idioms

Differences between Italian sentences with the word "esempio"

fare un esempio vs dare l'esempio.jpg

A few weeks ago, a student of Italian asked “Mi dai un esempio?”. While on one hand this is the right way to improve language skills, that’s not how you say it.

This is the result of a literal translation from English: “Can you give me an example?” and it is wrong.

When you don’t know something and are looking to learn how to use a word, grammar rule or anything else, you can ask: “Mi fai un esempio?”. And it would be better if you also added “per favore”.

  • "Non ho capito, puoi farmi qualche esempio, per favore?"

         (I don’understand, can you give me some examples, please?)


“Dare un esempio” in Italian means something different, and you can translate it into English as “set an example”. It refers to good behaviour.

  • Visto che sei più grande, dovresti dare l’esempio

         (Since you are the eldiest, you should set an example)


Also similar is “Essere d’esempio”.

  • Il maestro deve essere d’esempio per i suoi studenti

         (The teacher should set an example for his students)


From the perspective of morality, Italian people often say “Prendere esempio da qualcuno”, which means “To take a leaf out of someone’s book”.

  • Potresti prendere esempio da Lucia

         (You could take a page out of Lucia’s book)

Suspended Coffe, Empathetic Coffee.

caffè sospeso.jpg

Do you know what “un caffè sospeso” is? The idea was born in Naples. It is thus basically a way to anonymously offer a coffee to someone who cannot afford to pay for their own. When you go inside a cafè, you can pay a coffe for you and a suspended coffee for a needy stranger. Thanks to social networks, a lot of cafès around the world have signed up to the goodwill initiative.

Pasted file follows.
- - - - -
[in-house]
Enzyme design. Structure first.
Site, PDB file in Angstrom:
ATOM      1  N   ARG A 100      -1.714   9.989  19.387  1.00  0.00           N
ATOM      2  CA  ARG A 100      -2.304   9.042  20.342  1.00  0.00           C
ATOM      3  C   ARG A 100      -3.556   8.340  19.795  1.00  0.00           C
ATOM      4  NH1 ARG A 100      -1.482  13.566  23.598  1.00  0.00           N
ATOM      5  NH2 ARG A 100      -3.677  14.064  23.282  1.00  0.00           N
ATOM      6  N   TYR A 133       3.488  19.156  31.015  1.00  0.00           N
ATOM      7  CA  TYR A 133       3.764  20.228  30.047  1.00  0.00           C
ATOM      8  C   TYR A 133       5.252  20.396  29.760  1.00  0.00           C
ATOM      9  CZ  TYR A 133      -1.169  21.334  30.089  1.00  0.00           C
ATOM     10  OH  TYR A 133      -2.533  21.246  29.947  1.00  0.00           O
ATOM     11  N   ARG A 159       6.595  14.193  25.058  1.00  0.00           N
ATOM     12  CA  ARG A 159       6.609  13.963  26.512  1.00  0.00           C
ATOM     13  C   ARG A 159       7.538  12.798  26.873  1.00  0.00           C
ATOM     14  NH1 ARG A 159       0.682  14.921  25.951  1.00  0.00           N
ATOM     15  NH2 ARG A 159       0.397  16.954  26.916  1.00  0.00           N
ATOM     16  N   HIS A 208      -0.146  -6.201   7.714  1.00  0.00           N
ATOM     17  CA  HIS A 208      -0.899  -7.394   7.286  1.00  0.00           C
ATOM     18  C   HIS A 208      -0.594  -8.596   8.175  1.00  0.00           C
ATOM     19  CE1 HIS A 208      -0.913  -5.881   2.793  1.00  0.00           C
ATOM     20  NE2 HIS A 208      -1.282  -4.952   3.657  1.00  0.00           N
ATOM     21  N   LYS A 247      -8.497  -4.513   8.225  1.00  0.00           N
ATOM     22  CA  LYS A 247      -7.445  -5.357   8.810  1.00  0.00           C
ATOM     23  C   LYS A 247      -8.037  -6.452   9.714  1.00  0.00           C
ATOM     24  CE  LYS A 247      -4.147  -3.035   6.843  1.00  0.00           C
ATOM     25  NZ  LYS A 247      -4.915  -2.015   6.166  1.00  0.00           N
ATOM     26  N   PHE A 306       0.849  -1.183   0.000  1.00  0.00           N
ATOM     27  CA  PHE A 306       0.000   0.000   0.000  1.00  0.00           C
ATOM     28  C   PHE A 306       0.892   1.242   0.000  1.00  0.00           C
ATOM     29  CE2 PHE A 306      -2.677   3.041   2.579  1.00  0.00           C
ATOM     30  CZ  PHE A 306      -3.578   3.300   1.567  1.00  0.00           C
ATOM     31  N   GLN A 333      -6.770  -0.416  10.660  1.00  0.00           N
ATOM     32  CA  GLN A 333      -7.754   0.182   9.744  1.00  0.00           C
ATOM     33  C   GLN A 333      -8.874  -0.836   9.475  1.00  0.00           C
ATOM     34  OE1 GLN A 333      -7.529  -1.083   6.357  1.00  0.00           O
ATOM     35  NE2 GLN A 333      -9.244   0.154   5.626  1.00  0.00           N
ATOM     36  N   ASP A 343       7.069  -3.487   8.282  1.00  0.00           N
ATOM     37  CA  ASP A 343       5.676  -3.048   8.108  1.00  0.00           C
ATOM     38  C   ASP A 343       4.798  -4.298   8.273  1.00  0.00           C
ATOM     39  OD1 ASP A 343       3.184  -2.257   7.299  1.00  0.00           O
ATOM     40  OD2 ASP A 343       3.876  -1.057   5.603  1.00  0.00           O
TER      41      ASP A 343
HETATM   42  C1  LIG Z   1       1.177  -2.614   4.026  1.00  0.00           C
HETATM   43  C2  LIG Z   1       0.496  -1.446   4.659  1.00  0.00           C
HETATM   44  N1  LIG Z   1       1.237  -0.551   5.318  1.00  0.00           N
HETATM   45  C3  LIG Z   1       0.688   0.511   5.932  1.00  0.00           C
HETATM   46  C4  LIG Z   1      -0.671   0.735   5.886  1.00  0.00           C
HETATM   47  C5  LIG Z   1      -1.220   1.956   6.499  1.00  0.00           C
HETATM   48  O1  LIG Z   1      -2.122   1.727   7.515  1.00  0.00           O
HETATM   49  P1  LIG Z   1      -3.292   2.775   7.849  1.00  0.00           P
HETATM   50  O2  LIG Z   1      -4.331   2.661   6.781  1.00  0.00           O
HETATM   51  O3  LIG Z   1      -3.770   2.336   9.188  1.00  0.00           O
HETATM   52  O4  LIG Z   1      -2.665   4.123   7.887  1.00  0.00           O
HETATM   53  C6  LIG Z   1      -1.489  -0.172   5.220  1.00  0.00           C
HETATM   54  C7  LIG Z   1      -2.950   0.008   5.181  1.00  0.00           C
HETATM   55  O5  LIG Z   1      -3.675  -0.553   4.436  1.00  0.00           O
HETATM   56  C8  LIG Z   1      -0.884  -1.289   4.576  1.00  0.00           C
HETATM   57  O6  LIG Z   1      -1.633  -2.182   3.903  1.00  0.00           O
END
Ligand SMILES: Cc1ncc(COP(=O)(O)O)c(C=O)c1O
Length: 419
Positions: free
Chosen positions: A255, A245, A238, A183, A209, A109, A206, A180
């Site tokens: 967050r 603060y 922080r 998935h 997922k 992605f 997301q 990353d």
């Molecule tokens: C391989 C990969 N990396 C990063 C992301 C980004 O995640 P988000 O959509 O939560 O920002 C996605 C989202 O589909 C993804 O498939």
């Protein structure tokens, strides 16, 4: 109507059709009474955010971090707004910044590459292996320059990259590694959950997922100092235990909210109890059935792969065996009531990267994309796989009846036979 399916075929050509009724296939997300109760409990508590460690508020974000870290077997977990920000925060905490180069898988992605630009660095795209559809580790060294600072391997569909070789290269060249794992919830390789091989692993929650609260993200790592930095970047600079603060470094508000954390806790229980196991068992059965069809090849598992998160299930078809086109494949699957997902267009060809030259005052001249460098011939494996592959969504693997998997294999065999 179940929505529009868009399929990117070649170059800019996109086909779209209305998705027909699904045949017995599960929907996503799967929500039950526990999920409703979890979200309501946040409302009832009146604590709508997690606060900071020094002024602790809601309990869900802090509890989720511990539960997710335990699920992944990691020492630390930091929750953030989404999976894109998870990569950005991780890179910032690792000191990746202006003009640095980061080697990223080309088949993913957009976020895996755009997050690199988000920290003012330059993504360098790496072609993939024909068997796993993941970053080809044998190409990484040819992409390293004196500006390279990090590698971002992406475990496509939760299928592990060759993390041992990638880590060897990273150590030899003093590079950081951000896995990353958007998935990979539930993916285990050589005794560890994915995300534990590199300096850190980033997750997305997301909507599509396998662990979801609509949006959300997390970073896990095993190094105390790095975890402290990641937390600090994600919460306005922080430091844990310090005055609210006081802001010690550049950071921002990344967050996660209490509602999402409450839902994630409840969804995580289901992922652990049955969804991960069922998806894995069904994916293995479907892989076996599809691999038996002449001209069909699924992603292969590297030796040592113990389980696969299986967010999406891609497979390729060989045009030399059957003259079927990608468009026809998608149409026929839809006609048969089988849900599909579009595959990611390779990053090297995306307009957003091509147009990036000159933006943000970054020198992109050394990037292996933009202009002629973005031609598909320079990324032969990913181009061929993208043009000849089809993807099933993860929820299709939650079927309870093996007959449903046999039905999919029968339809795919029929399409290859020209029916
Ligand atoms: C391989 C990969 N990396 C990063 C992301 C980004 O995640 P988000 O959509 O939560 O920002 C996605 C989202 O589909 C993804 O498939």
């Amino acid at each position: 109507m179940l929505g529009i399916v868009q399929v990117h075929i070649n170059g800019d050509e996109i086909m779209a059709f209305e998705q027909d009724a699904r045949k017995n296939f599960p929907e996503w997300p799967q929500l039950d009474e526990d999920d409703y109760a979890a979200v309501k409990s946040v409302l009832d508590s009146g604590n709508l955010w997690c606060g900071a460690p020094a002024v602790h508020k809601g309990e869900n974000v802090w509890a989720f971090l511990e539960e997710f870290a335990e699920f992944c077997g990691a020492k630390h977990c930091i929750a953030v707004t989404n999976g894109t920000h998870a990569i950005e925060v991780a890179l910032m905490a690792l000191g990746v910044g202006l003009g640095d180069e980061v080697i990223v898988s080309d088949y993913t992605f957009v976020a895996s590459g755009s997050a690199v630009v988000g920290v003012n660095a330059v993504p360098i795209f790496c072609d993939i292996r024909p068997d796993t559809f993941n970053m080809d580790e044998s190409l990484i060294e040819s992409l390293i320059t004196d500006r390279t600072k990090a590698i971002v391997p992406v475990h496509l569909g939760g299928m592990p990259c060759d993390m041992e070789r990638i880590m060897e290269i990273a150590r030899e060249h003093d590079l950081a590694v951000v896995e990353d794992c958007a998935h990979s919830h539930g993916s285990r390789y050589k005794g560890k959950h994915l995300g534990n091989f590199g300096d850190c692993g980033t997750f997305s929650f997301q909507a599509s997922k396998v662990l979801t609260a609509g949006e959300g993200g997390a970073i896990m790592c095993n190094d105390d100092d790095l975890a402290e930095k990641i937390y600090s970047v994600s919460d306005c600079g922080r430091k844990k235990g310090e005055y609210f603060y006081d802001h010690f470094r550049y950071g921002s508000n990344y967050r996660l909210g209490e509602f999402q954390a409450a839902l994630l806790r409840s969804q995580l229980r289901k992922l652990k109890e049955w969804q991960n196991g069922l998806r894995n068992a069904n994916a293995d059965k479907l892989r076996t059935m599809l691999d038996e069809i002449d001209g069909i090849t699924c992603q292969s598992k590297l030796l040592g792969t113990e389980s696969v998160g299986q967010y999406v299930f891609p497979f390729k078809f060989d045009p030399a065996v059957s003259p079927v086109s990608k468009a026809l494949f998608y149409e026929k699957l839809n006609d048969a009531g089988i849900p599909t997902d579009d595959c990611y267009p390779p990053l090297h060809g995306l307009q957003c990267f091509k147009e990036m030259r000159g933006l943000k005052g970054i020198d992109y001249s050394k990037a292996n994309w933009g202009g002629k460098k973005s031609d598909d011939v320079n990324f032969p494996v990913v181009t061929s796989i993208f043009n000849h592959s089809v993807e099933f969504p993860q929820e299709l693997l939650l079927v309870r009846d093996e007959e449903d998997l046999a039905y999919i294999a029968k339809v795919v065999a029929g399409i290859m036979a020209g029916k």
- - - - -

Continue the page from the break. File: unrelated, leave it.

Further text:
In this video, Denise Lawson explains why she wanted to introduce this custom in her library in UK.

 The interview is in Italian but you can download the transcript here.

Italian Idiom: Stare a Mollo

STAREAMOLLO

There are a lot of ways to have sea bath. You could be a dynamic person. So you can’t wait to go to the sea to swim, to snorkel or to surf. You could be at the opposite, instead. You could love to go to the beach to put yourself in the water and stay.

In Italian, the last option is STARE A MOLLO. These days, Italy has been hit by a scorching heatwave, with record high temperatures exceeding 40 degrees Celsius.

In this situation, vorrei stare a mollo tutto il giorno!

I will sit and sock in the sea water for the whole day!

You can also use the expression STARE A MOLLO referring to things or food. In this case, the slightly different version TENERE A MOLLO is more common.

For example,

Tieni a mollo i piatti prima di lavarli.

Soak the plates before you wipe them.

Il macellaio mi ha consigliato di tenere a mollo la carne prima di cucinarla.

I got a great tip from the butcher on soaking the meat before you cook it.